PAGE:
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Lafayette Gilchrist: Soul Progressin' (2008)

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Lafayette Gilchrist: Soul Progressin' How we rate: our writers tend to review music they like within their preferred genres.

Baltimore pianist Lafayette Gilchrist has a style which satisfyingly combines two very different aesthetics: the funky and the sophisticated. He's been compared to keyboardists and composers Andrew Hill and Sun Ra, but his approach is more closely rooted in bassist Charles Mingus' work as a leader. Where Mingus' rhythmic and emotional foundation for composition and arrangement borrowed from gospel and the blues, Gilchrist's draws from those music's more recent offspring: hip hop, Washington go-go and funk. Like Mingus, Gilchrist layers the rhythmic bed with harmonically adventurous horns, and his own all-over-the-keyboard piano. His horn section, three saxophones and two trumpets, retains a raucous, downhome flavor while simultaneously, and magically, evoking Igor Stravinsky and contemporary classical composer Heiner Goebbels' dalliances with dissonance and angularity. It's a fierce and compelling synthesis.

Soul Progressin' is Gilchrist's third album with his eight-piece band the New Volcanoes, following The Music According to Lafayette Gilchrist (Hyena, 2004) and Towards The Shining Path (Hyena, 2005). His most recent release was Three (Hyena, 2007), made with bassist Anthony "Blue" Perkins and drummer Nathan Reynolds, both members of the New Volcanoes.

Perkins and Nathan—whose funk and soul curriculum vitae includes a spell in singer Wilson Pickett's band—lay down reiterative grooves from which Nathan only rarely deviates, while Perkins takes a looser approach in which the bootalicious funk of classic-era Funkadelic bassist Bootsy Collins is writ large. Perkins' extended solo on the moody "Come Get Some" conjures up Collins at his wildest, framed by a broiling, harmonically dissonant horn arrangement which at times sounds like a newly discovered fortissimo passage from Stravinsky's Rite Of Spring (circa 1913).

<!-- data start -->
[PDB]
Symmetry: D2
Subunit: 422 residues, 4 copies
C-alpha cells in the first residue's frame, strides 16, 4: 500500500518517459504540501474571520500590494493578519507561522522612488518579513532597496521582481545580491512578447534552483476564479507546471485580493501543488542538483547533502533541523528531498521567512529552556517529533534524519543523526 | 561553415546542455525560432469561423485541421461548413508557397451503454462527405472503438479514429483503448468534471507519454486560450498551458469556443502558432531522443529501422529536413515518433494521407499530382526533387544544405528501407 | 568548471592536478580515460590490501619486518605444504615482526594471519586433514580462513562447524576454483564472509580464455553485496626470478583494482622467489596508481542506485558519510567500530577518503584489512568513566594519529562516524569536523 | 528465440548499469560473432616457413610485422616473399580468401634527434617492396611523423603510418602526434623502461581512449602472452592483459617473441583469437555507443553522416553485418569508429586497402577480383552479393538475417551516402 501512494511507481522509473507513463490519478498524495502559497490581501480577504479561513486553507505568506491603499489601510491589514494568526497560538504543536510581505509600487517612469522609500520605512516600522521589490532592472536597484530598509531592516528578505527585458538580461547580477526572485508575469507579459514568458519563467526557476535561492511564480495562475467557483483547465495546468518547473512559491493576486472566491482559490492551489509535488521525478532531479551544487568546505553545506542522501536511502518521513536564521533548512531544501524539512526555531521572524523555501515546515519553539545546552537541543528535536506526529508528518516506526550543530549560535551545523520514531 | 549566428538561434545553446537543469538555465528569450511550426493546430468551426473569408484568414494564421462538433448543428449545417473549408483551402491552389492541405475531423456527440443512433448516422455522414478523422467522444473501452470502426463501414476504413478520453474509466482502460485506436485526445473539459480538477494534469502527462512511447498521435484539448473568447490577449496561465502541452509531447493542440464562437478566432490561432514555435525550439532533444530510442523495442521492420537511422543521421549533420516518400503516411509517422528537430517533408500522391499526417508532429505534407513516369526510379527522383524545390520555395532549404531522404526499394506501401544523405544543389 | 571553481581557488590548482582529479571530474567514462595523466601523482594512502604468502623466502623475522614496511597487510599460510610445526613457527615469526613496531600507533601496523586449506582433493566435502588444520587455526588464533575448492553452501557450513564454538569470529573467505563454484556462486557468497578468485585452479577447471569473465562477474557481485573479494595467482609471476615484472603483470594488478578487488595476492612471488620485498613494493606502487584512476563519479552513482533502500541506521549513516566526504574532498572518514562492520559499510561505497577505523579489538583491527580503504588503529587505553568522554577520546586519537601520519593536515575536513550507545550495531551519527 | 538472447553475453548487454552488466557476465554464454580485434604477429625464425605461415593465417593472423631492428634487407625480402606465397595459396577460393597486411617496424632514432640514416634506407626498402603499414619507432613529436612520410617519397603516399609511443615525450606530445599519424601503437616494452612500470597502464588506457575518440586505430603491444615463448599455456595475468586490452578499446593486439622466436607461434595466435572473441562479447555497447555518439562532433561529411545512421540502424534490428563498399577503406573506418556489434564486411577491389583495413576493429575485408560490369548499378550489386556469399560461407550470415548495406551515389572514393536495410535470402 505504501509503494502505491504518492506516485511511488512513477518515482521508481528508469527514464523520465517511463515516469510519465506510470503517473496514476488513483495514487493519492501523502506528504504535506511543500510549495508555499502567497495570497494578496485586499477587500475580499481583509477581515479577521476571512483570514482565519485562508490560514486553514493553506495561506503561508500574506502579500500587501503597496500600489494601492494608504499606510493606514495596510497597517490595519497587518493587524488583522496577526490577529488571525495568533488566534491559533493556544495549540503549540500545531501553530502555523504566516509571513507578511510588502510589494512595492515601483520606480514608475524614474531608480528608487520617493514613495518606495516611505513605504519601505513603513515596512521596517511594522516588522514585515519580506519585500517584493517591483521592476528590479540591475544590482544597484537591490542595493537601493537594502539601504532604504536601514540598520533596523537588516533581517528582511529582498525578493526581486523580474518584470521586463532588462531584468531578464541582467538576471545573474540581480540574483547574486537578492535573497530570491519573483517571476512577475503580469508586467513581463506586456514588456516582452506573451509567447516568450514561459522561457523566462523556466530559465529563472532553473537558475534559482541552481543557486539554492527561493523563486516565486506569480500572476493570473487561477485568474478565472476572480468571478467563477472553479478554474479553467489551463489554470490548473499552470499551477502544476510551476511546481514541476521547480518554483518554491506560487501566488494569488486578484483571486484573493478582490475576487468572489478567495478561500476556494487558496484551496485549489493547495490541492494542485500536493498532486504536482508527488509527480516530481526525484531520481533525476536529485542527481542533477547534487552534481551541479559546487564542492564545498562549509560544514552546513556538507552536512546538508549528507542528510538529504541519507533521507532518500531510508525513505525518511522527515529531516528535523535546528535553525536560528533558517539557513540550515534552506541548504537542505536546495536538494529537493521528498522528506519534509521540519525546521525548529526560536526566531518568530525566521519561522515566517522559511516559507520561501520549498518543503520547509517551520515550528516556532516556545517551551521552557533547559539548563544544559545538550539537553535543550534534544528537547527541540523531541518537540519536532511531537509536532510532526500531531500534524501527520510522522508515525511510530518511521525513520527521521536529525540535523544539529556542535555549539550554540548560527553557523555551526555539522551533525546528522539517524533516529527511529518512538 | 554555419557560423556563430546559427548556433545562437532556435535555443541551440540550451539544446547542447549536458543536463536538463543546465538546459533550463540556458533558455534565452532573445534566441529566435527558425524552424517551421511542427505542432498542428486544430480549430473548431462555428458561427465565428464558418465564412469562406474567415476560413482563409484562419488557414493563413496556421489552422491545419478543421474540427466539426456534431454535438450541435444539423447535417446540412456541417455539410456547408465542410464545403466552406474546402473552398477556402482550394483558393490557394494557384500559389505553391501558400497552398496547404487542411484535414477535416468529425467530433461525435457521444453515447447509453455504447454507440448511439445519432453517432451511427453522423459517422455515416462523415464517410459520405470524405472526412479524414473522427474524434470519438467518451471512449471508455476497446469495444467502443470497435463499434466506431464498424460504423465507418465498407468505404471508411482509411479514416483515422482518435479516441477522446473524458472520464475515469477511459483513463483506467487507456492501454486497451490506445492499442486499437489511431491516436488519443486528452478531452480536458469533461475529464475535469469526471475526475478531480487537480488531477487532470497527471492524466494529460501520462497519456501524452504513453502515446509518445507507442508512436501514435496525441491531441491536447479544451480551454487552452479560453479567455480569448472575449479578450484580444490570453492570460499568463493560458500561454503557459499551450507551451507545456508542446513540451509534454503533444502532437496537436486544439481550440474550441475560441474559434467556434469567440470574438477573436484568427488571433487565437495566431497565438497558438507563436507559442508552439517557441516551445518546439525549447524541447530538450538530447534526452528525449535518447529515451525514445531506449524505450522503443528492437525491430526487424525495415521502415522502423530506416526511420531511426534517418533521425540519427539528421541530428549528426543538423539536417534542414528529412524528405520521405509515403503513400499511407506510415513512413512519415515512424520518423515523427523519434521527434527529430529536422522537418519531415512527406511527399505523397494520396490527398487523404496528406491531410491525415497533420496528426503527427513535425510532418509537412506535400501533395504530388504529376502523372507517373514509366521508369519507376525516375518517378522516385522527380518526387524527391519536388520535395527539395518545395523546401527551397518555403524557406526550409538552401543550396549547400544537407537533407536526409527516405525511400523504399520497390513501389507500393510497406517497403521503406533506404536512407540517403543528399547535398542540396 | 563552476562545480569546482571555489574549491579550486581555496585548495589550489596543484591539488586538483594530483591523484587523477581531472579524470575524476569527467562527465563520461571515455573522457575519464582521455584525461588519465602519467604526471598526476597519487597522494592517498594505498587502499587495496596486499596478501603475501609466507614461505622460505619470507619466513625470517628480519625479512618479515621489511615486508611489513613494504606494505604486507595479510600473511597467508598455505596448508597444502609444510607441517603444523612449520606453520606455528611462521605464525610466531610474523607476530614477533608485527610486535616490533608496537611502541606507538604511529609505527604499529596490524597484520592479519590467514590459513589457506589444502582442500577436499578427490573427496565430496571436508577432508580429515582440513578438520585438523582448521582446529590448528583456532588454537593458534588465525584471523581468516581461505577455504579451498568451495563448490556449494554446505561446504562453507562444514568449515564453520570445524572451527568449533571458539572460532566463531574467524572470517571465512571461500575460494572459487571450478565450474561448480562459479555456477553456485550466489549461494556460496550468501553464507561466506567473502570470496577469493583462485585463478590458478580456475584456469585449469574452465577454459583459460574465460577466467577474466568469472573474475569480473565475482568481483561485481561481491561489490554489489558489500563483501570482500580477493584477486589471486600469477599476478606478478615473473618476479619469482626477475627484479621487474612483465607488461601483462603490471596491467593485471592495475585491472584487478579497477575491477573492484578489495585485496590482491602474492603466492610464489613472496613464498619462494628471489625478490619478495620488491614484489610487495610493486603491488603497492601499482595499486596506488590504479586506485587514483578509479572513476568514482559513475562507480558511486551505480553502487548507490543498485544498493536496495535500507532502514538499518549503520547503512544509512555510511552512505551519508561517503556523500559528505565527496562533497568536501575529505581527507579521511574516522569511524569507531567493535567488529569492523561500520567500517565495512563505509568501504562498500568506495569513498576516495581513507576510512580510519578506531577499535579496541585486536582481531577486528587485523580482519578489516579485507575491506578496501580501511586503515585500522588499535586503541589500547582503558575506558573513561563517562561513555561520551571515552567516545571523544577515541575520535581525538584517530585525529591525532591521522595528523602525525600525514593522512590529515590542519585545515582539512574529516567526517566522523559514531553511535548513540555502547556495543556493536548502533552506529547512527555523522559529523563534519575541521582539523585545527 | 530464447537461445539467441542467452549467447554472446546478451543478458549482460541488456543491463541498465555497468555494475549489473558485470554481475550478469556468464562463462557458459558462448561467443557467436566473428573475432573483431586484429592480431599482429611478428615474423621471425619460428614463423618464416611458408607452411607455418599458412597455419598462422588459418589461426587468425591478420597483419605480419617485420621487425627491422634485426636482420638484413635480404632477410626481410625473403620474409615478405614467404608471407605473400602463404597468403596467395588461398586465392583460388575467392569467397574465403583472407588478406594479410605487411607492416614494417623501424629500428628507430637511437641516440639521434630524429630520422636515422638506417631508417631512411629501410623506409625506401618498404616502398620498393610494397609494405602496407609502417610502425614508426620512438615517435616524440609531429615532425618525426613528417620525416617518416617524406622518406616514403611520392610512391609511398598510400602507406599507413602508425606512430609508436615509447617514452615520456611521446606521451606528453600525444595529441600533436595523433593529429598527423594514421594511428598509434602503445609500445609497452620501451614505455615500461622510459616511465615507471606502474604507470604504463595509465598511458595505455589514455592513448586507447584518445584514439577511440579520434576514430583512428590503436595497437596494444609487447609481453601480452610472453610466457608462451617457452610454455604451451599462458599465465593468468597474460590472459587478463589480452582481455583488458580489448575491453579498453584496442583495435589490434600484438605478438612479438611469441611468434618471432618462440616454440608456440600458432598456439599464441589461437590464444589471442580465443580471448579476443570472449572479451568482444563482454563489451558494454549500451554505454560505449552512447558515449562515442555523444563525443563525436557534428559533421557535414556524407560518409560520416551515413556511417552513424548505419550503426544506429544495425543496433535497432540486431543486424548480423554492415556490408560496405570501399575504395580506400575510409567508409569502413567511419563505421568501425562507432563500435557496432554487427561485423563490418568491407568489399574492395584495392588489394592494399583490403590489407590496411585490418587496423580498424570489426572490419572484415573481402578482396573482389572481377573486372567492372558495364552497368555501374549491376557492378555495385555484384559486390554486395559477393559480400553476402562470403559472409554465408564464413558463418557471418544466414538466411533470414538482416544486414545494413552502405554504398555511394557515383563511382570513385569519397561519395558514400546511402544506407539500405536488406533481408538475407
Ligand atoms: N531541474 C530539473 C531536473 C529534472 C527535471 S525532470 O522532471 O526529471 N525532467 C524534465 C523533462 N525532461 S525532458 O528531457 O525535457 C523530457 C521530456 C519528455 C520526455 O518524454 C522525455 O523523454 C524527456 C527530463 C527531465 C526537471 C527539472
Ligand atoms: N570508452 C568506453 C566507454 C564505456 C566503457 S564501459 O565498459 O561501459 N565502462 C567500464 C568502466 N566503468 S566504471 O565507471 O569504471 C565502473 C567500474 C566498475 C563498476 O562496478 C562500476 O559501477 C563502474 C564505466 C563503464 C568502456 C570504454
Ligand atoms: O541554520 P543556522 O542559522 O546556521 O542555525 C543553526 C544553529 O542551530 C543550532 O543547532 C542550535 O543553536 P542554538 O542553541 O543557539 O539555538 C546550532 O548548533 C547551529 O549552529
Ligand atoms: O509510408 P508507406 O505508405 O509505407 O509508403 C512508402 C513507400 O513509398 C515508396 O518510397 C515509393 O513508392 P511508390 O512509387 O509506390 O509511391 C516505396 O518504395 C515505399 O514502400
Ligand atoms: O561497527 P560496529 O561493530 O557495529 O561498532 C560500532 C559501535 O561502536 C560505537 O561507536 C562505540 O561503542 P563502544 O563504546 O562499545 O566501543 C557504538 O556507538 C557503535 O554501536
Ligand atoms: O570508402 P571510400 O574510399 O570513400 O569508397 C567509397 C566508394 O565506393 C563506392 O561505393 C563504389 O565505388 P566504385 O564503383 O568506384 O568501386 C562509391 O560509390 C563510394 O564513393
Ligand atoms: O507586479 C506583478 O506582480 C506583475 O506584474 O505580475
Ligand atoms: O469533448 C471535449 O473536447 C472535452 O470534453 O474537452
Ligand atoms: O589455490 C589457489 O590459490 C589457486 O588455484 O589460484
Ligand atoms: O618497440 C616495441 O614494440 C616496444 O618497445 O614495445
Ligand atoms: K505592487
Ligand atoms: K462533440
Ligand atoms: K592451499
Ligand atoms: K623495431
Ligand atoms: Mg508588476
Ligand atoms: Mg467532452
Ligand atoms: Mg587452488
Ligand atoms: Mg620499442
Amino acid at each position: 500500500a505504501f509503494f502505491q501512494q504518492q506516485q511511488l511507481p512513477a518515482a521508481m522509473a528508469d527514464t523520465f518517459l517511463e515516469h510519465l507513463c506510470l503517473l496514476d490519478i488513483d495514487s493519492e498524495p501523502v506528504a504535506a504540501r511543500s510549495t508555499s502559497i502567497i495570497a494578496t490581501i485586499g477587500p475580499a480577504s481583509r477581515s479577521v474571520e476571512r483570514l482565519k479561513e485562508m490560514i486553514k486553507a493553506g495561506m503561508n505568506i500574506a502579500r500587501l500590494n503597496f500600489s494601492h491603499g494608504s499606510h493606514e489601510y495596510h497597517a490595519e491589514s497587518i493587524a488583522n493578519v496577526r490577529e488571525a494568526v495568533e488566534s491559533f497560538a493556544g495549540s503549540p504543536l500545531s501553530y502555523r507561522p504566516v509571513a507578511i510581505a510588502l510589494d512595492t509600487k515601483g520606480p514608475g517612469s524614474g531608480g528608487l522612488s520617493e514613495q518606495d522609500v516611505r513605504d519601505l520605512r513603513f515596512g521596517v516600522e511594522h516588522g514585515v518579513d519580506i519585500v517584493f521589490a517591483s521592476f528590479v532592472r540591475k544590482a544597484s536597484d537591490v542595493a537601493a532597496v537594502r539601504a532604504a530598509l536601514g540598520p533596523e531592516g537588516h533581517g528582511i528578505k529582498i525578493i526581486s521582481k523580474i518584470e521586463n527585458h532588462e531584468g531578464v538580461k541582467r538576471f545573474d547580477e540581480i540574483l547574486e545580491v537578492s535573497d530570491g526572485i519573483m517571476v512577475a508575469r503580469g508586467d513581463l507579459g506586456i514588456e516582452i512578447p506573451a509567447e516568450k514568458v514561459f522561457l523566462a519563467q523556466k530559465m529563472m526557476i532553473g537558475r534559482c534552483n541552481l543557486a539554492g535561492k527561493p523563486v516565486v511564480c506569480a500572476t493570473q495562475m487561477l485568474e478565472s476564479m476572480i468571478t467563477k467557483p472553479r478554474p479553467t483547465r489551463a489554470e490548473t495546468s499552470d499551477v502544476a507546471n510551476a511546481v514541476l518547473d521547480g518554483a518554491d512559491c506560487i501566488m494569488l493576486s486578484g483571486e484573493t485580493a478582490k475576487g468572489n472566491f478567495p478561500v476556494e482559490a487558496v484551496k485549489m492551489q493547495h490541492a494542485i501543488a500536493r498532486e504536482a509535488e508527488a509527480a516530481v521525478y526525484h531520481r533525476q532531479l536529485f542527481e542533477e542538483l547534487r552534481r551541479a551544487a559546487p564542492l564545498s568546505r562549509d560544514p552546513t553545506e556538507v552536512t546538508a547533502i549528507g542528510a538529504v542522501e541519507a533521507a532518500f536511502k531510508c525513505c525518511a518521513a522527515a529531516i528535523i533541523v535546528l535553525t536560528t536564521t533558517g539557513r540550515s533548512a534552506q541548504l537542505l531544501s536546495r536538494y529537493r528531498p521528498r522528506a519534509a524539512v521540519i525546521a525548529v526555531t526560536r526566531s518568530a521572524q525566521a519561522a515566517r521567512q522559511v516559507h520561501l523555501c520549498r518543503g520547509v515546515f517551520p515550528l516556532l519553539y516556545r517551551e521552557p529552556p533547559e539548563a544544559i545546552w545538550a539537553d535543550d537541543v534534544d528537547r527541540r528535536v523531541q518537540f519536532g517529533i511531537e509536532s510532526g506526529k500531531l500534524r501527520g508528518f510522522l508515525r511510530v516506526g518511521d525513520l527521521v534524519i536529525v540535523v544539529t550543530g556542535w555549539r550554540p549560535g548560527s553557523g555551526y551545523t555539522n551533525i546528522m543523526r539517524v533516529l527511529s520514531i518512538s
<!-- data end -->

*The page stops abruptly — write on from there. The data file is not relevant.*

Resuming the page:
This tension between the edgy and the good-time runs through most of Soul Progessin', hitting the head and the feet with equal force. Only the title track and "Uncrowned" deviate, and they're on a short rein. "Soul Progressin'" is unadorned funk, in which the horn section comes closest to a straightforward Stax or James Brown sound. The track is given character by Gilchrist's pumping, theme-centric solo and a growling, post-Cootie Williams trumpet workout from either Mike Cerri or Freddy Dunn. "Uncrowned" is for unaccompanied piano, and is dedicated to the late Andrew Hill.

The music's edginess is tinged with a feeling of anger and impatience, at its most powerful on the 9:35 "Those Frowning Clowns." The title, Gilchrist's liner notes explain, refer to "years of official lies and needless war (by) the current leadership." Mingus would almost certainly be enthusiastic about Lafayette Gilchrist, who's moving the music forward without losing sight of either its past or its potential for bringing about social change.

Track Listing: Soul Progressin'; Between Us; Come Get Some; Uncrowned; Those Frowning Clowns; Detective's Tip; Many Exits No Doors.

Personnel: Lafayette Gilchrist: piano; John Dierker: tenor saxophone, bass clarinet; Gregory L Thompkins: tenor saxophone; Gabriel Ware: alto saxophone; Mike Cerri: Trumpet; Freddy Dunn: trumpet; Anthony "Blue" Jenkins: bass; Nathan Reynolds: drums.

Record Label: Hyena Records

Style: Modern Jazz


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